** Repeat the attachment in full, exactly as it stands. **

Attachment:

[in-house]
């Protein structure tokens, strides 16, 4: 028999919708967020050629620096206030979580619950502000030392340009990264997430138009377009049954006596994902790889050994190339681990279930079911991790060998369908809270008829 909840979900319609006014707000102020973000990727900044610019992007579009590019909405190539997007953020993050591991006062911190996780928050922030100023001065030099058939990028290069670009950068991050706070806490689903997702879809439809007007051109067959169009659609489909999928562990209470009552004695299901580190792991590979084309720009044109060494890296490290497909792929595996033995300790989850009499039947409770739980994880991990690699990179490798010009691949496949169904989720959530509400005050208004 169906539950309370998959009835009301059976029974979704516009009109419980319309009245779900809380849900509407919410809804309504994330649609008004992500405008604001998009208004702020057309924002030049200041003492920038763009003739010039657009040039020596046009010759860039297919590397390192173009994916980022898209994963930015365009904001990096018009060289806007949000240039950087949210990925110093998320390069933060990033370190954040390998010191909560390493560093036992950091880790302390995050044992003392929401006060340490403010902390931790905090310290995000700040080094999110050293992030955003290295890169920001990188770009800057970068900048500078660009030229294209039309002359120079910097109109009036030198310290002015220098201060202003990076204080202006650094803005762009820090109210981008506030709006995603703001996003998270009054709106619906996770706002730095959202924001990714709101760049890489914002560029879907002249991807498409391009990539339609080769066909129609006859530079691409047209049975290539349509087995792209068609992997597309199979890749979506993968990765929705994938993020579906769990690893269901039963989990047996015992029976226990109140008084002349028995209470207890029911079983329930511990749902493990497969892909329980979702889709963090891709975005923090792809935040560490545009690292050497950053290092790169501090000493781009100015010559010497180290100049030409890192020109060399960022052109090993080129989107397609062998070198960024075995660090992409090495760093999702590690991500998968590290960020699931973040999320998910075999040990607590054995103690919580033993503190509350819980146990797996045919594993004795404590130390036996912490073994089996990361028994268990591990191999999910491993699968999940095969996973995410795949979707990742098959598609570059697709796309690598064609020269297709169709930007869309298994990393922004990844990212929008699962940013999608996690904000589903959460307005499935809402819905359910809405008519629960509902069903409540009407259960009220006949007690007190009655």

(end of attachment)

[in-house]
């Protein structure tokens, strides 16, 4: 028999919708967020050629620096206030979580619950502000030392340009990264997430138009377009049954006596994902790889050994190339681990279930079911991790060998369908809270008829 909840979900319609006014707000102020973000990727900044610019992007579009590019909405190539997007953020993050591991006062911190996780928050922030100023001065030099058939990028290069670009950068991050706070806490689903997702879809439809007007051109067959169009659609489909999928562990209470009552004695299901580190792991590979084309720009044109060494890296490290497909792929595996033995300790989850009499039947409770739980994880991990690699990179490798010009691949496949169904989720959530509400005050208004 169906539950309370998959009835009301059976029974979704516009009109419980319309009245779900809380849900509407919410809804309504994330649609008004992500405008604001998009208004702020057309924002030049200041003492920038763009003739010039657009040039020596046009010759860039297919590397390192173009994916980022898209994963930015365009904001990096018009060289806007949000240039950087949210990925110093998320390069933060990033370190954040390998010191909560390493560093036992950091880790302390995050044992003392929401006060340490403010902390931790905090310290995000700040080094999110050293992030955003290295890169920001990188770009800057970068900048500078660009030229294209039309002359120079910097109109009036030198310290002015220098201060202003990076204080202006650094803005762009820090109210981008506030709006995603703001996003998270009054709106619906996770706002730095959202924001990714709101760049890489914002560029879907002249991807498409391009990539339609080769066909129609006859530079691409047209049975290539349509087995792209068609992997597309199979890749979506993968990765929705994938993020579906769990690893269901039963989990047996015992029976226990109140008084002349028995209470207890029911079983329930511990749902493990497969892909329980979702889709963090891709975005923090792809935040560490545009690292050497950053290092790169501090000493781009100015010559010497180290100049030409890192020109060399960022052109090993080129989107397609062998070198960024075995660090992409090495760093999702590690991500998968590290960020699931973040999320998910075999040990607590054995103690919580033993503190509350819980146990797996045919594993004795404590130390036996912490073994089996990361028994268990591990191999999910491993699968999940095969996973995410795949979707990742098959598609570059697709796309690598064609020269297709169709930007869309298994990393922004990844990212929008699962940013999608996690904000589903959460307005499935809402819905359910809405008519629960509902069903409540009407259960009220006949007690007190009655």